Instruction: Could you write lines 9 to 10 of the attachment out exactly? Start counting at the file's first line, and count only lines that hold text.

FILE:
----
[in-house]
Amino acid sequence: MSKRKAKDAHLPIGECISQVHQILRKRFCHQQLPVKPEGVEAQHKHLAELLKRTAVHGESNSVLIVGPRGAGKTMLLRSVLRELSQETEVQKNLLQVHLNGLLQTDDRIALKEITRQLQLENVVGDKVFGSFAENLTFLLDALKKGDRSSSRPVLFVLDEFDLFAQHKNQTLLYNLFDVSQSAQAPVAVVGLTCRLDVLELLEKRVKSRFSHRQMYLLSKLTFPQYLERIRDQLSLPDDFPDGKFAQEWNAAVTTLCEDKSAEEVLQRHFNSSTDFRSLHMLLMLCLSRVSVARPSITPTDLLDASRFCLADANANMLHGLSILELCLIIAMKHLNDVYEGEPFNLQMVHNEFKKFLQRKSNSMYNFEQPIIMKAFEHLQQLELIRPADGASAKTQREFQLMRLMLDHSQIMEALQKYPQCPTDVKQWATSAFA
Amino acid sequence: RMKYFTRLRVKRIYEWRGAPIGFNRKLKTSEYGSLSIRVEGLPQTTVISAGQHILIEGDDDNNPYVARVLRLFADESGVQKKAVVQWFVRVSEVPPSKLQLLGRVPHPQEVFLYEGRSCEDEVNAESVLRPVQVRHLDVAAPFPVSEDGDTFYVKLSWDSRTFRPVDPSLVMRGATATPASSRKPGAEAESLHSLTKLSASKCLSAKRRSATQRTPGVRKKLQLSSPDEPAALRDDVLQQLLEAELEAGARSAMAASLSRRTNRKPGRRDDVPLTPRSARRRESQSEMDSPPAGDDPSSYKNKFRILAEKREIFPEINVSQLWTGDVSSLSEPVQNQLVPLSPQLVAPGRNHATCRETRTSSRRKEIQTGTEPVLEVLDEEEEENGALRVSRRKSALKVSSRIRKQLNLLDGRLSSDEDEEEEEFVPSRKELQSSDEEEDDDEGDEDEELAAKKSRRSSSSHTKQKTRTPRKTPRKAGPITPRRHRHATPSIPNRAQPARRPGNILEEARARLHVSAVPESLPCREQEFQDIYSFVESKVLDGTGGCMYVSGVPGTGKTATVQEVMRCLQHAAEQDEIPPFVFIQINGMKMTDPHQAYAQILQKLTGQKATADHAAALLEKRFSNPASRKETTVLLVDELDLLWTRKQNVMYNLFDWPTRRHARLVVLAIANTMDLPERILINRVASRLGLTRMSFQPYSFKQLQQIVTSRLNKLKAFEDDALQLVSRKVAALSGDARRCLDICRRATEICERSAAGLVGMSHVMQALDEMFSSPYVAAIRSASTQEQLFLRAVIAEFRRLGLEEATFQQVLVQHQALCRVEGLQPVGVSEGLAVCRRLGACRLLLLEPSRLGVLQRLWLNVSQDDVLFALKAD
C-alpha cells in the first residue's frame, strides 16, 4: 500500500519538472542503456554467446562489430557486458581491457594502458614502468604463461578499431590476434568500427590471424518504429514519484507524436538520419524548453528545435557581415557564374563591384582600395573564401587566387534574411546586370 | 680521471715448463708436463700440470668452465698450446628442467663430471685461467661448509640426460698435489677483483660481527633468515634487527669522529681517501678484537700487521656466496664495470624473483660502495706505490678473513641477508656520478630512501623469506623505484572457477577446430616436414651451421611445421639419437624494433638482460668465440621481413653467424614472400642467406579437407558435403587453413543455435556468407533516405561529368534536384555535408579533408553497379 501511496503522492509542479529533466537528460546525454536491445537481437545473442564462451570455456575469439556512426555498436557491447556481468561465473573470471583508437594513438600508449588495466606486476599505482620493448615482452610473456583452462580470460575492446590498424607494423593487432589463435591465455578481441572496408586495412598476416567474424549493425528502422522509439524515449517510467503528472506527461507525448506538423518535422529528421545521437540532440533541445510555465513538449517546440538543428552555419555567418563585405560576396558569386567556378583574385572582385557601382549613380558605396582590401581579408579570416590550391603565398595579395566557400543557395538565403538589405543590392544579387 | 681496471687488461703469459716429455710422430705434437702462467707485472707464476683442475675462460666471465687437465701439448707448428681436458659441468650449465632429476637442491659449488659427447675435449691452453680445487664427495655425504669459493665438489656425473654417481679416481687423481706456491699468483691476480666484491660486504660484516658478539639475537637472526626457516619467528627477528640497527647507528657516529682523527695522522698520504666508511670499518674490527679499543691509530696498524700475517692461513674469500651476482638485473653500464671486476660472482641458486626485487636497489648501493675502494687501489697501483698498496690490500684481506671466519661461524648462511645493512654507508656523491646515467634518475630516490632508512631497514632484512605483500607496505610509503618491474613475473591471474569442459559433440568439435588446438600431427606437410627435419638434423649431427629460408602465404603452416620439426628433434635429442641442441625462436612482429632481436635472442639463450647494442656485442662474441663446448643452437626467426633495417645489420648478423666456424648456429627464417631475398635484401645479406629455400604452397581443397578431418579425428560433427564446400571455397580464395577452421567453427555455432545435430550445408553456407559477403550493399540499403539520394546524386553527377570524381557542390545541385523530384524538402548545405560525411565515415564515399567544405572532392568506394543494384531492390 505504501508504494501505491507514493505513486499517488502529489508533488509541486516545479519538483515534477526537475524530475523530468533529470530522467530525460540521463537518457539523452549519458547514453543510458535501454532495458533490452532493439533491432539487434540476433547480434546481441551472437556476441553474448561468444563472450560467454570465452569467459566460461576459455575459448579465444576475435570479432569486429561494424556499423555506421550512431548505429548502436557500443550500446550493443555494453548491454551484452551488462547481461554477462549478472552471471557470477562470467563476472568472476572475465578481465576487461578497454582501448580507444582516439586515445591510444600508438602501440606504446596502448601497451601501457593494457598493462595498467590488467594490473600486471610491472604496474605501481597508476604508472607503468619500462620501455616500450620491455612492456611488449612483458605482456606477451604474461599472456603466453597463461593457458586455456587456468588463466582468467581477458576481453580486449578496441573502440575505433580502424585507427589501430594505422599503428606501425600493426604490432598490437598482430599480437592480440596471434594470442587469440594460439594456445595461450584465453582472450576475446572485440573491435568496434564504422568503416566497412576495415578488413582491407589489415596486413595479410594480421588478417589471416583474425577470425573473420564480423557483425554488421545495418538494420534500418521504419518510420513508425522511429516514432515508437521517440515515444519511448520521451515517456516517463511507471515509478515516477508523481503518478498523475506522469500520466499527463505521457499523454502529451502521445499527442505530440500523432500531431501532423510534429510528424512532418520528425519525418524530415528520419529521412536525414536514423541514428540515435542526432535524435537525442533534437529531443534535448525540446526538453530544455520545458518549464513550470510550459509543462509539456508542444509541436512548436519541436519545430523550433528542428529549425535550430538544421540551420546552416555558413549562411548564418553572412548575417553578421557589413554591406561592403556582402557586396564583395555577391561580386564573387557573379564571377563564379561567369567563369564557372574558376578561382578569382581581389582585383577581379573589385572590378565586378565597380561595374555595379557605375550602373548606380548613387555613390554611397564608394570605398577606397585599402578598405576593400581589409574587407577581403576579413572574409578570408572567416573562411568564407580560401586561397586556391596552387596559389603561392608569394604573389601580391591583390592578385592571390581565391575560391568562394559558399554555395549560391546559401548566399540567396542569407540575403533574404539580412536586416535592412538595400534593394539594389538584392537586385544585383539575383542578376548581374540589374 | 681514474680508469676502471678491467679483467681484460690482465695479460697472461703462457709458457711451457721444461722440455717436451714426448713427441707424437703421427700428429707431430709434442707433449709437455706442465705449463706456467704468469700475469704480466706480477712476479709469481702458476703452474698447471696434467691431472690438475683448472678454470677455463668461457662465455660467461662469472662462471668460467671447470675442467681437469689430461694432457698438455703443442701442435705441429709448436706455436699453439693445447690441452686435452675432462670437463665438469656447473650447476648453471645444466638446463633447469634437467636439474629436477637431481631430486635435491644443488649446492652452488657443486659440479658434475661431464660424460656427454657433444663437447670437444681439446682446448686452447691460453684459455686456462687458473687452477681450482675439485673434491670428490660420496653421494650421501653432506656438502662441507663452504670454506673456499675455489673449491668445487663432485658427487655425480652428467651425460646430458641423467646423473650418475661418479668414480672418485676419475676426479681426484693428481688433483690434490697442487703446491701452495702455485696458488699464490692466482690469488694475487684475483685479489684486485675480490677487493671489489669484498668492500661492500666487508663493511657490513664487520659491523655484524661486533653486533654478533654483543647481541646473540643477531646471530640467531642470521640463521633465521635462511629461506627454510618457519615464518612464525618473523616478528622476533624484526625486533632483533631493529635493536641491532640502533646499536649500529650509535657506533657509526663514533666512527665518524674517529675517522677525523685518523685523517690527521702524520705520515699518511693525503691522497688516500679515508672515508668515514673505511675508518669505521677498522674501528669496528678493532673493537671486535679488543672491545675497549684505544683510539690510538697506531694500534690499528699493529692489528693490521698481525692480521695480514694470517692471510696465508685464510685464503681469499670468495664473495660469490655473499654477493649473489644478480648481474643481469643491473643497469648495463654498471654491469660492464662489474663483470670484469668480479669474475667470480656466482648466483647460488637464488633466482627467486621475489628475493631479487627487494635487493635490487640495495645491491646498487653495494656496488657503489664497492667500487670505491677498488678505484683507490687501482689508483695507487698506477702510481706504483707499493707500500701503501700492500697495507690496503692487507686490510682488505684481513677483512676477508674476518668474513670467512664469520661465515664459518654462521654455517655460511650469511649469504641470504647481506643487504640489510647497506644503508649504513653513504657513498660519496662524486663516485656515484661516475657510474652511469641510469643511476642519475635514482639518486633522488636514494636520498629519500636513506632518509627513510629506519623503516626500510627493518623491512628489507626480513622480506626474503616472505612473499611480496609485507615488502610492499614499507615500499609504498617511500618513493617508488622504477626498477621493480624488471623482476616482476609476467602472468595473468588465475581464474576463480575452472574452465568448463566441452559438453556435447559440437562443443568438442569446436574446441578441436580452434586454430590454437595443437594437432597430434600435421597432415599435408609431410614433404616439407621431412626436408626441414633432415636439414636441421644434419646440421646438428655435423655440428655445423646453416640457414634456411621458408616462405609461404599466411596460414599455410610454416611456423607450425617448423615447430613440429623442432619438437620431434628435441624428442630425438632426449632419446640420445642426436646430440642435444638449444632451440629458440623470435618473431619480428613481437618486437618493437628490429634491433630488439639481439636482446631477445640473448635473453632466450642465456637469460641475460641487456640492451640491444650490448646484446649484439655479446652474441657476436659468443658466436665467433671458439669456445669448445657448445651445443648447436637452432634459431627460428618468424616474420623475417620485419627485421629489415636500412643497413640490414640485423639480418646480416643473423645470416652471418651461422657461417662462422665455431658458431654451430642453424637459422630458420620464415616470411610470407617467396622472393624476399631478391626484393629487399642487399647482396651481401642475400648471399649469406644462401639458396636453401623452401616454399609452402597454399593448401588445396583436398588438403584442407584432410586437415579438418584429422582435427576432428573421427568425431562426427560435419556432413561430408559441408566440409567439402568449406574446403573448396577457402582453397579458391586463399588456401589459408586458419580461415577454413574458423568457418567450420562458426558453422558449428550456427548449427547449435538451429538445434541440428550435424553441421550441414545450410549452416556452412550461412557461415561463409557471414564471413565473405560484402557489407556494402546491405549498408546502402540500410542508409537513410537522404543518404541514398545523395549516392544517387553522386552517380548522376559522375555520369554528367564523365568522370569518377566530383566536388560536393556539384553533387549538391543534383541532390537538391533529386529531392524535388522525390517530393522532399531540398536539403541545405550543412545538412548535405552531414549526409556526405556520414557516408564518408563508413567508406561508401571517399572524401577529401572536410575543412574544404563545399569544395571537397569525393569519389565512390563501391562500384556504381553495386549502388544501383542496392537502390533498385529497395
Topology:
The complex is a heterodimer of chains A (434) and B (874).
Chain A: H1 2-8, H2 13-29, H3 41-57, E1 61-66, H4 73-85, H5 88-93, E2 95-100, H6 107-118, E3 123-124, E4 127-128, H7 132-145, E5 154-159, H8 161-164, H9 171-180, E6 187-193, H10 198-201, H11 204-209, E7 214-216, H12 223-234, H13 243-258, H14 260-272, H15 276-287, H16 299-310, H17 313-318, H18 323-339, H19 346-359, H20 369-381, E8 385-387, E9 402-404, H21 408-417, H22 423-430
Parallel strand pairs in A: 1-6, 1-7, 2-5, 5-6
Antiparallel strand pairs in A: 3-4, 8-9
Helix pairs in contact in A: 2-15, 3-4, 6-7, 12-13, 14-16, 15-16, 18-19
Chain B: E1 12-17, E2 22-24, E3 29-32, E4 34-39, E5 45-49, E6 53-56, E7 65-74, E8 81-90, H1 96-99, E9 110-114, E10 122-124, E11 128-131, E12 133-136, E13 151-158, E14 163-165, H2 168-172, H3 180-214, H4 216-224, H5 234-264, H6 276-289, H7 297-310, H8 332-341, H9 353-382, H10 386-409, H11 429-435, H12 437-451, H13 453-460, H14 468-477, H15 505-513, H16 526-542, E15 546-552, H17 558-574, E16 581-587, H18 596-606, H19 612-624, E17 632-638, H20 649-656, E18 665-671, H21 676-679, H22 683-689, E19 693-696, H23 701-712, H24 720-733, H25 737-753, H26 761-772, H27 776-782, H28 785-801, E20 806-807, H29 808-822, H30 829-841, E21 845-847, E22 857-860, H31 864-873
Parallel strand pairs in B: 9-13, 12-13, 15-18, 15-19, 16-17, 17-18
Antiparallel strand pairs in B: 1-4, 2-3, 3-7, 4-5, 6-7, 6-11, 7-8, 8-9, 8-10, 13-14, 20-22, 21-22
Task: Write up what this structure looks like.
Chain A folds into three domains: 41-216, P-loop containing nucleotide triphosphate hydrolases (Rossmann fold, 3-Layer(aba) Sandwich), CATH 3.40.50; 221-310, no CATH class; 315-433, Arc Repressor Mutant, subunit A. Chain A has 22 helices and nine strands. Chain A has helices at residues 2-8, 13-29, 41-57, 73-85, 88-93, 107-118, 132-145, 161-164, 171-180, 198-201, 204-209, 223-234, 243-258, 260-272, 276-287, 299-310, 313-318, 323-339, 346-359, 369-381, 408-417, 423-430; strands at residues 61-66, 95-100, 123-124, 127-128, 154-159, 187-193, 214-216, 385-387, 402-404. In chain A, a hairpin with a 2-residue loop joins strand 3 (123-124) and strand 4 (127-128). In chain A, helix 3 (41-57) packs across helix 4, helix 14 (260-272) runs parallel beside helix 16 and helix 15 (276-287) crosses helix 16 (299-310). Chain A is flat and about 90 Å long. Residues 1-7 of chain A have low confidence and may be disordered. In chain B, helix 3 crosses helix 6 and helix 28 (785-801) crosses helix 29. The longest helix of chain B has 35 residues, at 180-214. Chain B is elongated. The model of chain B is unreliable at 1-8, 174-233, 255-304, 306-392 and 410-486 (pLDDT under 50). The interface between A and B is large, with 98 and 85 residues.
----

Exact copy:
Antiparallel strand pairs in A: 3-4, 8-9
Helix pairs in contact in A: 2-15, 3-4, 6-7, 12-13, 14-16, 15-16, 18-19